Fujifilm has released a handful of firmware updates for its APS-C mirrorless cameras. The updates released address bug fixes and issues pertaining to select Tamron lenses that are connected to the X-A5, X-A7, X-H1, X-T100 and X-T200 APS-C mirrorless cameras.
As a quick summary, the X-A5 is Fuji’s entry-level APS-C mirrorless camera and is capable of capturing 4K video, though at a lackluster 15fps.
The X-A7 was a clear upgrade to the A5, by capturing 4K(3820×2150) video oversampled from its 6K image sensor. This improves image quality and reduces noise.
The same holds true for the X-T100, but it can capture 1080p at 60 frames per second. The upgraded X-T200 was an improvement with a 4K capability from an oversampled 6K sensor, much like the A7.
Lastly, the X-H1 is a higher-end model, which shoots 4K DCI using F-Log and offers five-axis image stabilization.
As for the firmware updates, firmware version 2.14 for the Fujifilm X-H1 mirrorless camera, the firmware update addresses issues with its wireless communication protocols, particularly with a WiFi connection. The update improves connectivity and also improves support for Fujifilm’s Camera Remote app.
Firmware version 2.03 for the X-A5, Version 1.33 for the X-A7, version 2.03 for the X-T100, and version 1.16 for the X-T200 address the same wifi connectivity issue, plus address issues with third-party X-mount lenses. Specifically, the Tamron 17-70 mm F2.8 Di III-A VC RXD and 18-300 F3.5-6.3 Di III-A VC VXD lenses.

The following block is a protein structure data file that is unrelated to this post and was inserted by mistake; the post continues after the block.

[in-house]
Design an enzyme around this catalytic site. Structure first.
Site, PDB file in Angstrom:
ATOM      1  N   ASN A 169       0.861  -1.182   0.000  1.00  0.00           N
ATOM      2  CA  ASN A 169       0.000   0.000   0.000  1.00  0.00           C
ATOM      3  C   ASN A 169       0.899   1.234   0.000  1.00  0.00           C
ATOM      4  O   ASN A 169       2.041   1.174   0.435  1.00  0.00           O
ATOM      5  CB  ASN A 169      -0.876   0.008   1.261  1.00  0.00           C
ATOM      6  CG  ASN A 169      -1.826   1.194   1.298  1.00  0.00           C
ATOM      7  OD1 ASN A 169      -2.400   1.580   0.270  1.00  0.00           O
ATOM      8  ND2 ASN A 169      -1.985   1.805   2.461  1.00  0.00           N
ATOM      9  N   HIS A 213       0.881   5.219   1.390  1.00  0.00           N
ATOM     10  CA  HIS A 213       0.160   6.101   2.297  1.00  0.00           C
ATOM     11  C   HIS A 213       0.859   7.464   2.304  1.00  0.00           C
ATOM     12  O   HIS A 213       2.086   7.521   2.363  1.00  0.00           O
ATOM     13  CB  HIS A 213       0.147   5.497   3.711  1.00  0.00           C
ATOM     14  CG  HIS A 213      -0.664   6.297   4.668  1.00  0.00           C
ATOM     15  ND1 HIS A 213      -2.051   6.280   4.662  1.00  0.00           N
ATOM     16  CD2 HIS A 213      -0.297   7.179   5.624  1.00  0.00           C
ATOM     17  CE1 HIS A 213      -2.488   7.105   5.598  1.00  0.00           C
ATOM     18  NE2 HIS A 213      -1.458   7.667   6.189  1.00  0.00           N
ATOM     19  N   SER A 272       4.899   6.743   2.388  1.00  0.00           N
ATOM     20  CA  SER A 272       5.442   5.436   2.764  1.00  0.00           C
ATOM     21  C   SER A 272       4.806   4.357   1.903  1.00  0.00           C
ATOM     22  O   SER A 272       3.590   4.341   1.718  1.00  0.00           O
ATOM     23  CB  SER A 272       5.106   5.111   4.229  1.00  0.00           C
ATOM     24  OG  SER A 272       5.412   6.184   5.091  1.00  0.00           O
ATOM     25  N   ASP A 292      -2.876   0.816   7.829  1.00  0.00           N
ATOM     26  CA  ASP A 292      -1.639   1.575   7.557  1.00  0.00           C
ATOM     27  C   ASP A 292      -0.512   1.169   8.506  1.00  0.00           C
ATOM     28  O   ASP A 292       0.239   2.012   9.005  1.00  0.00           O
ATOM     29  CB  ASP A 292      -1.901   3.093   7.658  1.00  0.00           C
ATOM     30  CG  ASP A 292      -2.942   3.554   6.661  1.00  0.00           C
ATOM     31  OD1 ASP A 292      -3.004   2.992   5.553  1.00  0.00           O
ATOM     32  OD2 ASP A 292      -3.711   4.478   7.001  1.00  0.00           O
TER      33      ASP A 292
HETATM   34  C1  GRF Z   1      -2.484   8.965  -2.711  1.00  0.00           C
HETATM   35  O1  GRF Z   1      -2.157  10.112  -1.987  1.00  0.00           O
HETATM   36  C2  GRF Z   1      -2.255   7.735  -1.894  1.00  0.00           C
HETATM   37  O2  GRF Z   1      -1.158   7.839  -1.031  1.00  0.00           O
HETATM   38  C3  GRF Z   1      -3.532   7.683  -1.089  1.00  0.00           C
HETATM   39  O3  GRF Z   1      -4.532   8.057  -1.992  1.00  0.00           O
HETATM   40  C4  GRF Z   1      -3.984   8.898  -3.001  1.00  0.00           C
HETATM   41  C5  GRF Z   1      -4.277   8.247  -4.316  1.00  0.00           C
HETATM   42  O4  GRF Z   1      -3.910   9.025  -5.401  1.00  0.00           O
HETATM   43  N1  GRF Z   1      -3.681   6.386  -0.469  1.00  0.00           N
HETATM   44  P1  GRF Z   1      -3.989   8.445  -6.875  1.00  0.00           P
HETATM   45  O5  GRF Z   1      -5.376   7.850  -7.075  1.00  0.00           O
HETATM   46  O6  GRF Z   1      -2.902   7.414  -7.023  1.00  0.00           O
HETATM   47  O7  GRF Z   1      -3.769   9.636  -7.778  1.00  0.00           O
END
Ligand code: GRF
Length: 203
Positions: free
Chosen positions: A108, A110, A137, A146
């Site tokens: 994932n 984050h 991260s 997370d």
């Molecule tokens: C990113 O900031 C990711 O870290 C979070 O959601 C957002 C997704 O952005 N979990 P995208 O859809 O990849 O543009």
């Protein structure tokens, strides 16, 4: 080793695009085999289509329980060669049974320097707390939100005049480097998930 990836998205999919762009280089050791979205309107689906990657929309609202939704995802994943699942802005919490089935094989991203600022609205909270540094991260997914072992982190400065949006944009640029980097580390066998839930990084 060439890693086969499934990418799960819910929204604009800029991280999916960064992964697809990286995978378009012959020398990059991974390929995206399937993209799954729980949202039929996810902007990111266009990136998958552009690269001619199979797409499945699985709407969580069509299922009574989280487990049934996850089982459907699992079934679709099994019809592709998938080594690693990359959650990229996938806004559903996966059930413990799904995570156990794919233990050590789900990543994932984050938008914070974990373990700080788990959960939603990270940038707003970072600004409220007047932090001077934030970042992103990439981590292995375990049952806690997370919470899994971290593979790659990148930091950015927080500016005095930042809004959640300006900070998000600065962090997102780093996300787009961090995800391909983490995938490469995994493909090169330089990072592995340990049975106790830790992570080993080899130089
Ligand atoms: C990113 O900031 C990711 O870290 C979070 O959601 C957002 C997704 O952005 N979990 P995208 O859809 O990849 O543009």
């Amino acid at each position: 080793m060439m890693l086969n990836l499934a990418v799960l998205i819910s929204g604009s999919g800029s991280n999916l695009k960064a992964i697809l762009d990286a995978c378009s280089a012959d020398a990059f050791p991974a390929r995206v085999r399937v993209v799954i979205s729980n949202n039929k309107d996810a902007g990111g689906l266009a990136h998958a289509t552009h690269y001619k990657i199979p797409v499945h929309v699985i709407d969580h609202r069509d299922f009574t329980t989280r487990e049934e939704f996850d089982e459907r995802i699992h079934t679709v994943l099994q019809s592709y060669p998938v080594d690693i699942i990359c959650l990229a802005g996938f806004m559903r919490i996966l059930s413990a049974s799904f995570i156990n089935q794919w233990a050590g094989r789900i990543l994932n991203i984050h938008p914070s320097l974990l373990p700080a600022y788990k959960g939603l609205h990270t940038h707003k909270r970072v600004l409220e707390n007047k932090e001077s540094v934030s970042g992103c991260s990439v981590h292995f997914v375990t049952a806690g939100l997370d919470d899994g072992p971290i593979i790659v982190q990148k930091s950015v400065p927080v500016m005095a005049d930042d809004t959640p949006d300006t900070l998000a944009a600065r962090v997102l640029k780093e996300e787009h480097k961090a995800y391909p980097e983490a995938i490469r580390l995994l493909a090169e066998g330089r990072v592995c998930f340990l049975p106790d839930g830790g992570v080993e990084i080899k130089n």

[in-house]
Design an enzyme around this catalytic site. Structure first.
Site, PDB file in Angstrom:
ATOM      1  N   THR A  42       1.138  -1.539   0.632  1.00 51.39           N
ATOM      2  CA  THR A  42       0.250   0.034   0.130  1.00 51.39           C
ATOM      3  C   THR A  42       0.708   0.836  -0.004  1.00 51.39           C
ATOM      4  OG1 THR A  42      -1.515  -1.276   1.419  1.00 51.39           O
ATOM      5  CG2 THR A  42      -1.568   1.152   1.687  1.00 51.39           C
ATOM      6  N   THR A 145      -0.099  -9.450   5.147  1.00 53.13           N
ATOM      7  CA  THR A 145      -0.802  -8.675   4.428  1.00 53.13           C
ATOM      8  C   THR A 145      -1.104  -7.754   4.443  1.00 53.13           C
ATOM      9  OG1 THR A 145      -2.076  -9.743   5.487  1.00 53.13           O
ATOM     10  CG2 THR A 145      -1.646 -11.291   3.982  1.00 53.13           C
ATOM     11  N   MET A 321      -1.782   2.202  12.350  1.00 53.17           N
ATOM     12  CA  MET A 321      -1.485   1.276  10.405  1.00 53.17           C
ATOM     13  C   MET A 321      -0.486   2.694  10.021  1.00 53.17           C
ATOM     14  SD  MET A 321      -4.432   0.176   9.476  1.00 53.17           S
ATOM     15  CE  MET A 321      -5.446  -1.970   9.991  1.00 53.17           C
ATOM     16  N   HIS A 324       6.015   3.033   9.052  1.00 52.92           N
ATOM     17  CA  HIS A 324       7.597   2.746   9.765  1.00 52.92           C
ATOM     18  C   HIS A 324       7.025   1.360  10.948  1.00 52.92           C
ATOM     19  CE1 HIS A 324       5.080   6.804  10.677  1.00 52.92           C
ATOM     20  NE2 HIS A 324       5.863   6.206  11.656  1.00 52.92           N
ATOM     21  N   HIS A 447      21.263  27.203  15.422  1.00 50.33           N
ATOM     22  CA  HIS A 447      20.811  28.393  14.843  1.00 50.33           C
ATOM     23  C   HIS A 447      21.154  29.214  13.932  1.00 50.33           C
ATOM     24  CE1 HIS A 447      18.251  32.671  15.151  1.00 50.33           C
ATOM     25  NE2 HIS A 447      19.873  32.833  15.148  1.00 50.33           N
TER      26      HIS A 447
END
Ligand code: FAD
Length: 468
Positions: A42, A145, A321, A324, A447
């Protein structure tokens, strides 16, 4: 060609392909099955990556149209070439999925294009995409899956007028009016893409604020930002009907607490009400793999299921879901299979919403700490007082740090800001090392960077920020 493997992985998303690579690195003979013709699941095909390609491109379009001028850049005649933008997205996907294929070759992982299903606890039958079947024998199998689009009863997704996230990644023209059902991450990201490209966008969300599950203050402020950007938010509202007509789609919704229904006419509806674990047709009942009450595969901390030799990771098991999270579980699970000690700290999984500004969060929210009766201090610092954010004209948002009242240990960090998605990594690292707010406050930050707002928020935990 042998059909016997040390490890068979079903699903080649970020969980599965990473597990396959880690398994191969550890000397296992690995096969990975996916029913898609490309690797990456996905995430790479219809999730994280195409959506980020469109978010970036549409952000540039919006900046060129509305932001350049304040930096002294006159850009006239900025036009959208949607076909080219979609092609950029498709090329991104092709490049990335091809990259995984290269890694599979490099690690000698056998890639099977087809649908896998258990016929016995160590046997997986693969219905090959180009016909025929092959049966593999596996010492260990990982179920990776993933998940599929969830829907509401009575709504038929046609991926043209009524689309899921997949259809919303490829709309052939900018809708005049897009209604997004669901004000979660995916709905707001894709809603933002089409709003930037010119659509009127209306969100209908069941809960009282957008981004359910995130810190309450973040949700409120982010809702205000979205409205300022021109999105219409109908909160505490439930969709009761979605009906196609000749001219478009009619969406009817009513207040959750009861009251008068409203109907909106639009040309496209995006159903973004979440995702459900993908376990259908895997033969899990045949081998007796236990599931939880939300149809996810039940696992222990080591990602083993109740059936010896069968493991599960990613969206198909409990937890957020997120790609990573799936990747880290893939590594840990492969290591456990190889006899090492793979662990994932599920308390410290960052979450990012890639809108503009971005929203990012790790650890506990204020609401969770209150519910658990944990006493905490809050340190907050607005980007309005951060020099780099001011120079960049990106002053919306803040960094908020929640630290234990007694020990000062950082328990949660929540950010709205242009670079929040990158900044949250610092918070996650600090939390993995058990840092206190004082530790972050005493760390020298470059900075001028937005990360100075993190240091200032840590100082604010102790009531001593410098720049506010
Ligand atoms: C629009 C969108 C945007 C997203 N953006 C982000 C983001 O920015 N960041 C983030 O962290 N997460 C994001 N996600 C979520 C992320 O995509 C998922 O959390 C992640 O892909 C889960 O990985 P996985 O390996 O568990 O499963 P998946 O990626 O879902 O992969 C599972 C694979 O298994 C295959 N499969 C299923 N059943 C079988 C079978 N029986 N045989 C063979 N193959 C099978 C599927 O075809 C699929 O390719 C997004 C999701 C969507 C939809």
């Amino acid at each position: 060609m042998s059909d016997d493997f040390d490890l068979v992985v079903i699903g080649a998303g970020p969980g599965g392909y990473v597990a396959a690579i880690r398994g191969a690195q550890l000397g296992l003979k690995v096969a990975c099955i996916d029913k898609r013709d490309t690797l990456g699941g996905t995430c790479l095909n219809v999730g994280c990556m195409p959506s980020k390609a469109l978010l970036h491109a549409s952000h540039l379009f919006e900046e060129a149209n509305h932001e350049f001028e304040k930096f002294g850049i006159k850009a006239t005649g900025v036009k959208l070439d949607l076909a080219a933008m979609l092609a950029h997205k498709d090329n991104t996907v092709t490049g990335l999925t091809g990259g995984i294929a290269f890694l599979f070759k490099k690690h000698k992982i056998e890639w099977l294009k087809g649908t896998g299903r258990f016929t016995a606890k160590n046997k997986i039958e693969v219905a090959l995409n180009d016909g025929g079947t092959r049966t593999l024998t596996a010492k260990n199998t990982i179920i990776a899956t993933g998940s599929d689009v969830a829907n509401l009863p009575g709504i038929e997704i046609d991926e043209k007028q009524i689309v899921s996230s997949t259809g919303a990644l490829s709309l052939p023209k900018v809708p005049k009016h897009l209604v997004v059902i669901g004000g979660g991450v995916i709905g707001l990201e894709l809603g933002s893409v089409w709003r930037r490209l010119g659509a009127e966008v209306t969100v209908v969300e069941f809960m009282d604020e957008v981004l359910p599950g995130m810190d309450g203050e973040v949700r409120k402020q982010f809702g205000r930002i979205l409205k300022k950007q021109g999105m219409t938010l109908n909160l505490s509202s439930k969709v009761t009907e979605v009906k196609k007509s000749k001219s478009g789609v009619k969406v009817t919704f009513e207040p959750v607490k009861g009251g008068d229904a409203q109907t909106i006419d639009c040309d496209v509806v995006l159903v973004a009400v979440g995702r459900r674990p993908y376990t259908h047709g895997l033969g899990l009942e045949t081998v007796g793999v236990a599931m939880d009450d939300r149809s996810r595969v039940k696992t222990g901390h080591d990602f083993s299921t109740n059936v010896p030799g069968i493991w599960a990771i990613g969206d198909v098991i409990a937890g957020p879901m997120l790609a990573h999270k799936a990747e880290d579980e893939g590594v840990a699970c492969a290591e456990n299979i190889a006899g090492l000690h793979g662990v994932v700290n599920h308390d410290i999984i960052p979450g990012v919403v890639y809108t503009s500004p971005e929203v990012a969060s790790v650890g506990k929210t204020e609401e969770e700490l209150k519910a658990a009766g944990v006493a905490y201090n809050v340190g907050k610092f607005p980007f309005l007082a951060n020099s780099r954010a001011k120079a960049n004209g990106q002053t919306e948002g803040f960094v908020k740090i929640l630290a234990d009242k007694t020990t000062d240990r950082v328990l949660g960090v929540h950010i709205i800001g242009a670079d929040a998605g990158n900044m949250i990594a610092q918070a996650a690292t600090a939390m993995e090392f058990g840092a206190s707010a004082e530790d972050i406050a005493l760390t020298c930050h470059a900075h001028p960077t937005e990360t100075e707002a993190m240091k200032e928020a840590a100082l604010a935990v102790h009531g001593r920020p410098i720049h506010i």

With those two lenses, when selecting the high-speed burst function in the AFC setting, the Tamron 17-70mm experiences focusing issues, while the Tamron 18-300 begins focus hunting when in preview mode when zooming from the T end to the W end. Other minor bugs and general housekeeping fixes are also included in all five firmware updates.
When you think about it, it’s kinda cool that Fujifilm is supporting third-party lenses, with firmware updates, rather than expecting the lens manufacturer to address any issues. This means that the camera company is realistic to the notion that users may prefer a more affordable third-party lens option or a lens that Fuji doesn’t have in its own lens catalog.
It also shows that Fujifilm will continue to support its cameras with necessary firmware updates even on cameras that have been discontinued. That’s a good thing. The updates are available through Fujifilm’s Support Downloads page.
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